graphic: Forest tent caterpillar defoliation in 2010 Minnesota map

Forest tent carterpillar defoliation map- 2010


Thousand Canker Disease Survey in Southern Minnesota

Eastern black walnut trees are locally common in southern Minnesota, but planted as ornamentals outside their range in the western US. This summer, the DNR Division of Forestry will participate in a three-week survey of Minnesota black walnut trees at risk to a disease new to the eastern US known as thousand cankers disease (TCD). The disease was first found killing plantings of eastern black walnut in the western US in the 1990's, but last year the disease was discovered within the native range of black walnut in Knoxville, Tennessee. It is thought that the disease has been in the Knoxville area for 15-20 years.

The disease erupts when the tiny walnut twig beetle, native to Arizona, California and New Mexico, bores into black walnut trees and transmits a fungus that causes numerous small cankers in the phloem. The cankers enlarge, grow together, and restrict food transport within the tree, ultimately killing it.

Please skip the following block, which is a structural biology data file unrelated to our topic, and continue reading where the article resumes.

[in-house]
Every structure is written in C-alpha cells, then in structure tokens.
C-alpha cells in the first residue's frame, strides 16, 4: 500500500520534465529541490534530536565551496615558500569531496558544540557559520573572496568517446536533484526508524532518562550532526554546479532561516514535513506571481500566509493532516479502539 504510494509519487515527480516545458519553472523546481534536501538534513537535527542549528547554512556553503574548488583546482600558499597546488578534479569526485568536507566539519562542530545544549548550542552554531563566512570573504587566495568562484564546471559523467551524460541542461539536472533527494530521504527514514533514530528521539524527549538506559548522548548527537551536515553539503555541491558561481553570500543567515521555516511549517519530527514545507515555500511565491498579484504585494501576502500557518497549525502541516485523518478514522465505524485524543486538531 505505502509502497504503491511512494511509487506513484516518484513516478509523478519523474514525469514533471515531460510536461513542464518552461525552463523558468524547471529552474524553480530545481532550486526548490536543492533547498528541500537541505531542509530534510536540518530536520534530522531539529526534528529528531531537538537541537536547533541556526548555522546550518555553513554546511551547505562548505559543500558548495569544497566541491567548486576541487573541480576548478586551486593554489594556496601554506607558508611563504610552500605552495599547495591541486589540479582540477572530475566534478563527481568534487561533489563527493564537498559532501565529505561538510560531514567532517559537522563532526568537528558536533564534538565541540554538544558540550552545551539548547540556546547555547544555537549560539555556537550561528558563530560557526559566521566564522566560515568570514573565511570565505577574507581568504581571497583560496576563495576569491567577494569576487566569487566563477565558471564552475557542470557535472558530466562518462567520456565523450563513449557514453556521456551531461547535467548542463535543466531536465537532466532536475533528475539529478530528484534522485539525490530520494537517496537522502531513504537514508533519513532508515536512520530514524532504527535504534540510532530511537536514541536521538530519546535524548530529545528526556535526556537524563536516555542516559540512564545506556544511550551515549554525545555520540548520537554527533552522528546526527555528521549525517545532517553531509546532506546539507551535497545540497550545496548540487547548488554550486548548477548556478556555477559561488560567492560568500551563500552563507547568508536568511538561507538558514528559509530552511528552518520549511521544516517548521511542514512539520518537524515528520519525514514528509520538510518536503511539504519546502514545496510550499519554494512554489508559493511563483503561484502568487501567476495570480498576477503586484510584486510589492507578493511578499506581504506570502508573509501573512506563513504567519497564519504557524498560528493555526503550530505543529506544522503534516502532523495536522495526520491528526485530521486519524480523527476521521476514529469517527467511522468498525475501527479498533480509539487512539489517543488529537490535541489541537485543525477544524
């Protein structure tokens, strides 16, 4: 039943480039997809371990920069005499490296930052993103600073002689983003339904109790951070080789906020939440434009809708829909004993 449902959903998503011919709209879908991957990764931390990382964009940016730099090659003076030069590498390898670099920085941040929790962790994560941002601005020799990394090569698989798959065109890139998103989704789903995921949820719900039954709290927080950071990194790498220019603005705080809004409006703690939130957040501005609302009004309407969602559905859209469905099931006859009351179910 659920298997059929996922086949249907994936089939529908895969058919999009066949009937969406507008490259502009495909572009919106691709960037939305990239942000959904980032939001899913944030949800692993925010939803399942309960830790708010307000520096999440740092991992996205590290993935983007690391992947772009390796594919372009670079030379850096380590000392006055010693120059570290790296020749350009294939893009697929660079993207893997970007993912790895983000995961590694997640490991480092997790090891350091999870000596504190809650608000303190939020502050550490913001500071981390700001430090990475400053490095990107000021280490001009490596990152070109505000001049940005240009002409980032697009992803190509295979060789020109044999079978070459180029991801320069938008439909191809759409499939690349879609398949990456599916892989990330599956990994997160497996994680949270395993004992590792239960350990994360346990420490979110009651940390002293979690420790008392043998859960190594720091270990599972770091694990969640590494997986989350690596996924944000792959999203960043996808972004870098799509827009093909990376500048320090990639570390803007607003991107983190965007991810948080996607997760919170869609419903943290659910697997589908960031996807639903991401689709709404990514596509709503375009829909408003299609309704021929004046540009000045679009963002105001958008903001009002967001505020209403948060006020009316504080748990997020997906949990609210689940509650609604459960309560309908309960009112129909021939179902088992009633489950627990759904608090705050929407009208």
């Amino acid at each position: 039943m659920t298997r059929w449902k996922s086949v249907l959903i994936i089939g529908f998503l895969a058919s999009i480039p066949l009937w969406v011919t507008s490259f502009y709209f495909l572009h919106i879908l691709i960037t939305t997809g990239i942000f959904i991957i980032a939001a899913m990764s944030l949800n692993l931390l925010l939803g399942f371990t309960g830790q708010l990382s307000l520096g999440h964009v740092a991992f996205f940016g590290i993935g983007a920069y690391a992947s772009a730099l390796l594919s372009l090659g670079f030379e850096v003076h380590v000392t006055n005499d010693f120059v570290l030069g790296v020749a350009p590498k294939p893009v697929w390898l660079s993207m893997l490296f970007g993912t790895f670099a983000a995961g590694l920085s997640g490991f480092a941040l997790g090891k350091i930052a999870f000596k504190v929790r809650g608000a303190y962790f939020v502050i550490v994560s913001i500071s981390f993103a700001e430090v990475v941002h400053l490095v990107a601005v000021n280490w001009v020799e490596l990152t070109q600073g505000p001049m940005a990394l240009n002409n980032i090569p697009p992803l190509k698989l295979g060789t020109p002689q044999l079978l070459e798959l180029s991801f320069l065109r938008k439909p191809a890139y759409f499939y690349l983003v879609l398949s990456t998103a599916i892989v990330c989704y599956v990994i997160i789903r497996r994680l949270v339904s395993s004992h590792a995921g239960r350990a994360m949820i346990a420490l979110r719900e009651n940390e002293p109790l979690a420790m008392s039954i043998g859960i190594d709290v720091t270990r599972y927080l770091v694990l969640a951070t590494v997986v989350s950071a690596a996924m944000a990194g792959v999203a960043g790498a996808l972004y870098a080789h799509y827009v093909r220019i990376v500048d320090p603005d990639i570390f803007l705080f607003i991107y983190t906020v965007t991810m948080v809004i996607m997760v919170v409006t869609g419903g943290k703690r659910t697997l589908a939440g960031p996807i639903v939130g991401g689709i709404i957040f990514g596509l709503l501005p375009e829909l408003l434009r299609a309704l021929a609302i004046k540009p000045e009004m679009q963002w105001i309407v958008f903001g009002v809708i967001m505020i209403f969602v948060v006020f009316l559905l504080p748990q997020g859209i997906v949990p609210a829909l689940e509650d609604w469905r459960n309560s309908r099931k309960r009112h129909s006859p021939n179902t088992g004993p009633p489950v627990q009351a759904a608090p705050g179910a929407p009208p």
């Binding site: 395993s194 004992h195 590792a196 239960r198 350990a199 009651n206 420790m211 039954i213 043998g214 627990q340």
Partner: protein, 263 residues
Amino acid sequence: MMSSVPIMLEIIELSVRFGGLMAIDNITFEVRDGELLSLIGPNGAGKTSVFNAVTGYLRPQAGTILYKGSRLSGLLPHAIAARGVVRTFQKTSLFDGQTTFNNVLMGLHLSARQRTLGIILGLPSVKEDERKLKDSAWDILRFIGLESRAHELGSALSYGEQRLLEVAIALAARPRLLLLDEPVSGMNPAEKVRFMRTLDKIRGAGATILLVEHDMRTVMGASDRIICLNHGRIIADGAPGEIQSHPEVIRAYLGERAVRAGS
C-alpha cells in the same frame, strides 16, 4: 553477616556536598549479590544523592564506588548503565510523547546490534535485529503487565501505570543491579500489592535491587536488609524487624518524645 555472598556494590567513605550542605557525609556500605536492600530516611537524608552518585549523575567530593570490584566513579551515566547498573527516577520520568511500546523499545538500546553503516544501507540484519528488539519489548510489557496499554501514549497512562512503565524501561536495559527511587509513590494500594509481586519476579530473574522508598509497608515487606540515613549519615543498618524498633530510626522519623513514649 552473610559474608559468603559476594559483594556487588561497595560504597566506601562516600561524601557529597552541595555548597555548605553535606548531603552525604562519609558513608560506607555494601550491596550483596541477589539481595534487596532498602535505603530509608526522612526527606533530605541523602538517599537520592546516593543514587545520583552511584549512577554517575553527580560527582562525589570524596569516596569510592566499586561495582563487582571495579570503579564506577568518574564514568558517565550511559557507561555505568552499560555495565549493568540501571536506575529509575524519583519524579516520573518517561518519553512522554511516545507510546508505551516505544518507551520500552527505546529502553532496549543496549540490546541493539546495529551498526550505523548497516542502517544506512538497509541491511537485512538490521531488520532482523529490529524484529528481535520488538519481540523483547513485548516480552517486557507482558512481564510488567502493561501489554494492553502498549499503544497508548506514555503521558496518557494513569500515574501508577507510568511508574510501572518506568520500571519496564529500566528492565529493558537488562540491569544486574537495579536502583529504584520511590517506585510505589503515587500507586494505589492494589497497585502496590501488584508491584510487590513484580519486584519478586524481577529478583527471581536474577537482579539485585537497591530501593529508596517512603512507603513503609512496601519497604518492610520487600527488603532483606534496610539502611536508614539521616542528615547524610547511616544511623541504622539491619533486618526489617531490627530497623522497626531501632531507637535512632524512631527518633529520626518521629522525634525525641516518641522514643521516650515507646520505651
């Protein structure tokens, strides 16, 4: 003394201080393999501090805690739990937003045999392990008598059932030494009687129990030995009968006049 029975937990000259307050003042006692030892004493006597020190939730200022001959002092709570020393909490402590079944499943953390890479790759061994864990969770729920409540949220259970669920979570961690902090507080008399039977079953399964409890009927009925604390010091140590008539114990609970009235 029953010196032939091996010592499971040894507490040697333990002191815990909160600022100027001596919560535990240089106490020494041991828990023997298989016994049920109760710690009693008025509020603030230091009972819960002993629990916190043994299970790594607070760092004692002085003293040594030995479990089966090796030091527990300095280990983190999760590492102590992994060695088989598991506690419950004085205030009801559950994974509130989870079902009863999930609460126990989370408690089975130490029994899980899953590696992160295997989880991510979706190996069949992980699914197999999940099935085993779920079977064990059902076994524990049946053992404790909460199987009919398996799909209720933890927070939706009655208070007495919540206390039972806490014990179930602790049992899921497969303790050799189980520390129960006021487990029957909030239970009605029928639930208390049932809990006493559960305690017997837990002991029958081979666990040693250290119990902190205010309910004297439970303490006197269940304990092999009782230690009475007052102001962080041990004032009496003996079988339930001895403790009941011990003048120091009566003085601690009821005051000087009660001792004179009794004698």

The USDA Forest Service has requested the assistance of the Minnesota and Iowa Departments of Natural Resources in looking for black walnut trees with symptoms of the disease. The two states' Departments of Agriculture will also participate in the survey. The agencies hope to locate areas with significant concentrations of black walnut in several different settings, including riparian forests, urban areas, and industrial settings where there is interstate transport of black walnut. If trees suspected to have TCD are found, samples will be tested for TCD by the Forest Service Northern Research Station in St. Paul. Other project objectives include responding to reports of TCD from plantation owners, city foresters and other tree care professionals, and assistance with outreach sessions or detection training as planned by Forest Service staff.